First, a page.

By Hillel Aron
By Joseph Tsidulko
By Patrick Range McDonald
By David Futch
By Hillel Aron
By Dennis Romero
By Jill Stewart
By Dennis Romero
When it came to voting on issues, moreover, California Latinos showed themselves again to be by far the leftmost group in the state. The Times exit poll covered just two statewide initiatives, Arnold Schwarzenegger’s successful Proposition 49, which set aside state funds for expanding after-school programs, and the unsuccessful Proposition 52, which would have legalized election-day voter registration had it passed. Latinos supported both by margins higher than any group in the state: 78 percent for after-school programs, 65 percent for election-day registration.
None of this suggests that a Republican running on anything resembling a Republican platform could win California in the foreseeable future. If Schwarzenegger becomes a candidate for governor four years hence, he will have to run on a platform that calls for increases in spending on schools and affordable housing, that‘s pro-choice, pro-environment, and even somewhat pro-union. In short, to win, he’ll have to run as a left-coast version of George Pataki, the Republican governor who just swept to re-election in New York with considerable union and Latino backing because he took precisely those kinds of stances. Whether Republican voters will cut Arnold that much slack in the primary -- they cut Richard Riordan off at the knees for even the mildest form of moderation -- remains to be seen, though their desperate desire for victory may by then have conquered their qualms. If Karl Rove has anything to say about it, of course, Arnold will have no primary opposition.
Unfortunately, while the Times poll was the only functioning exit poll in the land last week, it wasn‘t a very curious exit poll. More precisely, it showed a curious lack of interest in funding the over-polling of Los Angeles that would have been necessary to produce an exit poll on Valley secession. To understand just how secession went down, we are left with such imperfect measures as looking at the vote by council district. Imperfect though these measures be, they paint a pretty clear picture of who wanted in and who wanted out in last week’s vote.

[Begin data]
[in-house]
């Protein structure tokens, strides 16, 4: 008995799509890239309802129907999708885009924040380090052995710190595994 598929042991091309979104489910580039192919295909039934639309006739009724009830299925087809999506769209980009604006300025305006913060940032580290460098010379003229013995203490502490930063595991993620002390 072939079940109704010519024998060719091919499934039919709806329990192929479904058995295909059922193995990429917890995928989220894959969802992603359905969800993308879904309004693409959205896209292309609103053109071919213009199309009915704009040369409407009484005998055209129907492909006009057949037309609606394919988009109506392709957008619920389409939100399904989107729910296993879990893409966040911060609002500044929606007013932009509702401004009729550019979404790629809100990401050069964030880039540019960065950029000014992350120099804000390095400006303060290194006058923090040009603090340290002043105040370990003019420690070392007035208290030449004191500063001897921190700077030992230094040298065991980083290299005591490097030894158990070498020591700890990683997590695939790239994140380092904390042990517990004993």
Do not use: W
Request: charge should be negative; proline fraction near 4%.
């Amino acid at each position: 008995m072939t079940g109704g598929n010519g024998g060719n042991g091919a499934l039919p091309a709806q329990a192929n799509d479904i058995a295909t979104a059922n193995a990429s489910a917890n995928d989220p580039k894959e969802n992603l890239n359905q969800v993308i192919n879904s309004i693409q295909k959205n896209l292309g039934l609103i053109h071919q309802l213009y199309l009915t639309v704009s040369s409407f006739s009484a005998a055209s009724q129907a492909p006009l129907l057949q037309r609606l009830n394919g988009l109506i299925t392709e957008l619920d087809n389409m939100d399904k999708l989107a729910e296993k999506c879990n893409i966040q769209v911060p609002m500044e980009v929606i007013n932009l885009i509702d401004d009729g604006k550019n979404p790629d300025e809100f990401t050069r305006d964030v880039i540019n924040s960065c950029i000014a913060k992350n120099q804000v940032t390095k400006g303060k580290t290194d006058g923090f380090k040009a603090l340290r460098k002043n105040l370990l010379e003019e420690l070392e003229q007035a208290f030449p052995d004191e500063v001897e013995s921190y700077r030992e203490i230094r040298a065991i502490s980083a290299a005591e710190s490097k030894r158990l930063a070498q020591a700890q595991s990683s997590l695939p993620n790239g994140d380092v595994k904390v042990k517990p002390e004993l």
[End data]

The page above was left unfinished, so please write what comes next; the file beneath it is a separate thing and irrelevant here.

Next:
Citywide, the measure lost by a resounding 68 percent to 32 percent margin. In the Valley, it eked out a bare 50.8 percent to 49.2 percent majority -- losing in the three increasingly Latino districts of the East Valley, and carrying only in the two heavily white districts of the West Valley, which were the only two of the city‘s 15 council districts where it carried at all. It carried Denny Zine’s 3rd District, in the southwest Valley, with 57 percent support, and Hal Bernson‘s 12th District in the northwest Valley -- long the city’s most conservative -- with 61 percent support. By contrast, secession only polled 40 percent in Council president Alex Padilla‘s overwhelmingly Latino 7th District in the northeast Valley. And -- I’m including this for those who predicted that Mayor Hahn‘s sacking of Bernie Parks would drive black L.A. into the secessionists’ arms -- in Mark Ridley-Thomas‘ 8th District in South-Central, which boasts the highest percentage of black voters, Valley secession won a whopping 10 percent of the vote.
From which numbers, two conclusions: First, that only the disproportionately light turnout of Latino Democrats saved the secessionists from going down in the Valley, too. And second, that it’s impossible to look at these numbers and not conclude that secession had majority support only among white Valley conservatives, whose estrangement from their city was likely rooted in political impulses more sinister than a desire for better services.
From the Valley to Staten Island to that dustup in the middle of the 19th century, secession in America is almost always about white separatism.